Mori Ōgai: 雁 (The Wild Geese; The Wild Goose; Gan)
Mori Ōgai’s best-known novel is a love story that could only have been written by a Japanese writer. The obvious comparison in that respect is with Yasunari Kawabata. Simply put, as with Kawabata, at least part of this novel is what is not said than rather what is said. This is rather a Japanese approach and Westerners do not always get it. However, it does work and this book has done well in the West as well as in Japan.
The story is narrated by an unnamed narrator. He is a student in Tokyo and lives in a boarding house. At the time of telling his story, the boarding house had burned done and he had lost all of his possessions. However, the tale he is telling occurred a year previously. One of his fellow students was a young man called Okada. Okada was tall, thin, handsome and powerfully built. He was a rower. He did what he had to do but he was not a keen student. He liked to relax, going for walks, browsing in second-hand bookshops and reading classical Chinese literature. Indeed, for much of this book he seems to be reading Kimpeibai, which we know as The Golden Lotus, a sixteenth century Chinese novel which I can thoroughly recommend. He is a man of regular habits. Indeed, the narrator gets to know him more bumping into him in the same second-hand bookshops they go to rather than in the boarding-house. On his return from his evening walk, he has been seeing a young woman returning from the public baths to her house. They do not speak to one another but clearly are both aware of one another. Okada is clearly attracted to her.
In the boarding house, there are a few servants who run errands for the students for a small fee. One of them, Suezo, who is always elegantly dressed, has branched out into money-lending to the students who are, of course, always broke. Indeed, he has done so well at it, that he has made a lot of money and even managed to open a branch office. He is married with children but tired of his wife, whom he finds boring and ugly. One day, while out, he hears someone playing the samisen. On investigation, he finds out that she is Otama, daughter of a poor sweet seller. Her mother is dead and she lives in a run-down house with her father, to whom she is devoted. He later learns that she had met a policeman who had married her and come to live with her and her father. However, the policeman’s wife turned up. Neither Otama nor her father had checked the marriage documents and the policeman leaves, leaving father and daughter to rue their loss. The father is broke and the pair have little to live on. Suezo is so taken with her that, through a broker, he offers to set up Otama in a house of her own and be his mistress. After negotiation, it is agreed that he will not only set up Otama in a house of her own but also her father in one of his own, with a small income for both. Suezo agrees and Otama and her father are fairly happy with the arrangement, not least because the father at last has comfortable surroundings. There are problems. Otama is reluctant to leave the house to visit her father, in case Suezo visits, which he does frequently. Suezo’s wife, who is by no means stupid, gradually realises what is going on and then who Otama is and is naturally unhappy about the situation. When Otama finds out that Suezo is not a rich businessman as she thought but a usurer, who is not liked in the neighbourhood, she has second thoughts.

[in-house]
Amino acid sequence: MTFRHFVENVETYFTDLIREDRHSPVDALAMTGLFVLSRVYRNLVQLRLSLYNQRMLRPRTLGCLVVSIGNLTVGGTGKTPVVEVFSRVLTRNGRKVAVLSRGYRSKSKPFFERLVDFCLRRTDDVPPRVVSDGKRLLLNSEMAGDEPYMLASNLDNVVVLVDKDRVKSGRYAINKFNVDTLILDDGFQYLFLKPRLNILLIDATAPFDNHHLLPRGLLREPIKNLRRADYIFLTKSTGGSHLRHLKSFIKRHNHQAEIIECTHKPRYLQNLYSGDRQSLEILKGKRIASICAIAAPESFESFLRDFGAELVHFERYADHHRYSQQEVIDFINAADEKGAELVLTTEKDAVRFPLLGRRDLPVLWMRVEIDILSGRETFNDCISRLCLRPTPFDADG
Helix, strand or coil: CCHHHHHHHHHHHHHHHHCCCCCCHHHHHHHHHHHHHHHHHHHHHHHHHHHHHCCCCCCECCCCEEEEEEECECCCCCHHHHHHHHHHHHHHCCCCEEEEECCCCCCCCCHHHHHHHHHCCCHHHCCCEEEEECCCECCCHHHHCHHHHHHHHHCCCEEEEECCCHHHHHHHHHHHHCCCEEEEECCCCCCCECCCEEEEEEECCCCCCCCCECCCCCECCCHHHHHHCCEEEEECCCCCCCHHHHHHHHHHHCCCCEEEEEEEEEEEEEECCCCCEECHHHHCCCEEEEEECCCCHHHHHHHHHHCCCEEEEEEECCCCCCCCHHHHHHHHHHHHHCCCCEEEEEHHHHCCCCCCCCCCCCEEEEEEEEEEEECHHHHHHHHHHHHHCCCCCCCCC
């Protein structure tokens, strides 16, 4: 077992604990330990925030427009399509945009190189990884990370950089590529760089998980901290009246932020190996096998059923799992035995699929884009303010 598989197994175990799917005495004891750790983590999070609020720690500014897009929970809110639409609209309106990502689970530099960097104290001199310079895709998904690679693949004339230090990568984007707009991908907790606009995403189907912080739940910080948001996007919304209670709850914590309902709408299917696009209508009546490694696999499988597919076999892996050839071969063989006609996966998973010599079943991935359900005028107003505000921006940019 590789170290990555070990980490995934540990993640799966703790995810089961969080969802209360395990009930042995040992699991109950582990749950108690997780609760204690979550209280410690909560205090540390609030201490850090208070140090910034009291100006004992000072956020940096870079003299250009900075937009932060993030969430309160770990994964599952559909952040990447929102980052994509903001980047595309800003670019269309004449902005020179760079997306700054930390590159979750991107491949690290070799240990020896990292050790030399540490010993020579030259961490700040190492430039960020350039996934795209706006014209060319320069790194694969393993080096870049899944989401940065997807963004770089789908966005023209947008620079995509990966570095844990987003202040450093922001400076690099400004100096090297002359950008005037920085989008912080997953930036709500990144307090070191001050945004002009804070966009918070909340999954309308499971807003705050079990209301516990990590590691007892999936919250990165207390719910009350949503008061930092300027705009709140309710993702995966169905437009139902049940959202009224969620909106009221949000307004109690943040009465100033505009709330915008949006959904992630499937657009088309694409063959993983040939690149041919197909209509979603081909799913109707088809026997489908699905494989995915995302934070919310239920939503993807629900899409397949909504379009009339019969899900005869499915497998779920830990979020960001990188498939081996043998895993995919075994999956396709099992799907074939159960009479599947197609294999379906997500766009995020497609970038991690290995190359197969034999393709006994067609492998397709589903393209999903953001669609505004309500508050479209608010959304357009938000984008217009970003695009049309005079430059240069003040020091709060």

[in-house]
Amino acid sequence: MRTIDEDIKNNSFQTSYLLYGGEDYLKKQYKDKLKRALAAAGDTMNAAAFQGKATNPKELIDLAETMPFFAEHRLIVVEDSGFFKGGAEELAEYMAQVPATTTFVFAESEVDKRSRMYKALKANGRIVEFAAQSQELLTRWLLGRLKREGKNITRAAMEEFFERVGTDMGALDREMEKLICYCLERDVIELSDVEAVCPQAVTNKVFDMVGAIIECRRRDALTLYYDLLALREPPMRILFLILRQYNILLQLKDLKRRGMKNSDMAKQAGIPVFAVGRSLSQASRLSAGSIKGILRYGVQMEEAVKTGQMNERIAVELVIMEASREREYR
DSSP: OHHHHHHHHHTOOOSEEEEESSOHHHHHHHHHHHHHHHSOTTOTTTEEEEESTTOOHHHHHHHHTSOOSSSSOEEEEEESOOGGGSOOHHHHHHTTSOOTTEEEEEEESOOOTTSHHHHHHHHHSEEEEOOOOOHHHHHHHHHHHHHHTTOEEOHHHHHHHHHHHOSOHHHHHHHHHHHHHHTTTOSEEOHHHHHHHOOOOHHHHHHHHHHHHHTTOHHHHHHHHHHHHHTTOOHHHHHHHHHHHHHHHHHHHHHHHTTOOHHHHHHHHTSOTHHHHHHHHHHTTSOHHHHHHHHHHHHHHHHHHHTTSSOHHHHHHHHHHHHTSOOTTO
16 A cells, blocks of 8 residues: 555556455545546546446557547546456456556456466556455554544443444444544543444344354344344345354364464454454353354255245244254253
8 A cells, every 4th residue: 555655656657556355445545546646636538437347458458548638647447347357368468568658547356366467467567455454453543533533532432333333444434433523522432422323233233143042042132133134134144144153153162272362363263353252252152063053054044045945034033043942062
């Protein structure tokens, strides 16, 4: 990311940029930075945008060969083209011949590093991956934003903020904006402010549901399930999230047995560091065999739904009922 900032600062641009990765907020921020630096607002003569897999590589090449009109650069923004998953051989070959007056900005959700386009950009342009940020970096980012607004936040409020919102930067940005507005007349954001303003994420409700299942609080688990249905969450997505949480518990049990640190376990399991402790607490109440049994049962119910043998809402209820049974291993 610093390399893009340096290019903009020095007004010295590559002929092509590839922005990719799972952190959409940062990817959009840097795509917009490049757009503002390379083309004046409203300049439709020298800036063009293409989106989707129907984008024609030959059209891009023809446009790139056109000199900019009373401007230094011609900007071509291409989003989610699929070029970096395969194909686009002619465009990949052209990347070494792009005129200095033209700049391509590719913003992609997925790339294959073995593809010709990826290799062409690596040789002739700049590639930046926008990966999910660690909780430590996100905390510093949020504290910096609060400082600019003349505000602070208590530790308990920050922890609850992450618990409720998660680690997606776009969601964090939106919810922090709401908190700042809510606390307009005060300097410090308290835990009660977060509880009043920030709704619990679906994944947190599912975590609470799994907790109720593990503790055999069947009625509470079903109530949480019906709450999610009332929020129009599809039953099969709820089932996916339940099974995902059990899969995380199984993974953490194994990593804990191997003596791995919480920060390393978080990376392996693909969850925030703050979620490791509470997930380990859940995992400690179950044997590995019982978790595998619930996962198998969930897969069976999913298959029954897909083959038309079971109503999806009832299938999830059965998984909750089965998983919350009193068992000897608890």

Of course, we have guessed by now that Otama is the woman that Okada has seen every day, returning from the baths. Gradually, they become more familiar, smiling at each other as they pass. We learn that Okada is attracted to Otama and vice versa. However, neither makes a move. One day, a snake manages to get into her house and is after a couple of linnets that she has in a cage in the window. Okada is passing and rushes to the rescue and, with the help of another passer-by, kills the snake an saves the birds. However, Otama is out at the time and only her maid is there. She plans to thank Okada.
This is a fairly low-key novel but one that works very well as we follow the love story of the couple who seem too shy to meet properly. All of this is compared with Suezo and his selfish, philandering ways and Otama’s policeman. It is a beautifully told story of gentle love that would probably have not succeeded in the West but does so in Japan.
First published in 1915 by Momiyama Shoten
First English translation by Charles Tuttle in 1959
Translated by Kingo Ochiai and Sanford Goldstein (The Wild Geese); Meredith McKinney (The Wild Goose – Finlay Lloyd version); Burton Watson (The Wild Goose – University of Michigan Press version); Glenn Anderson (Gan)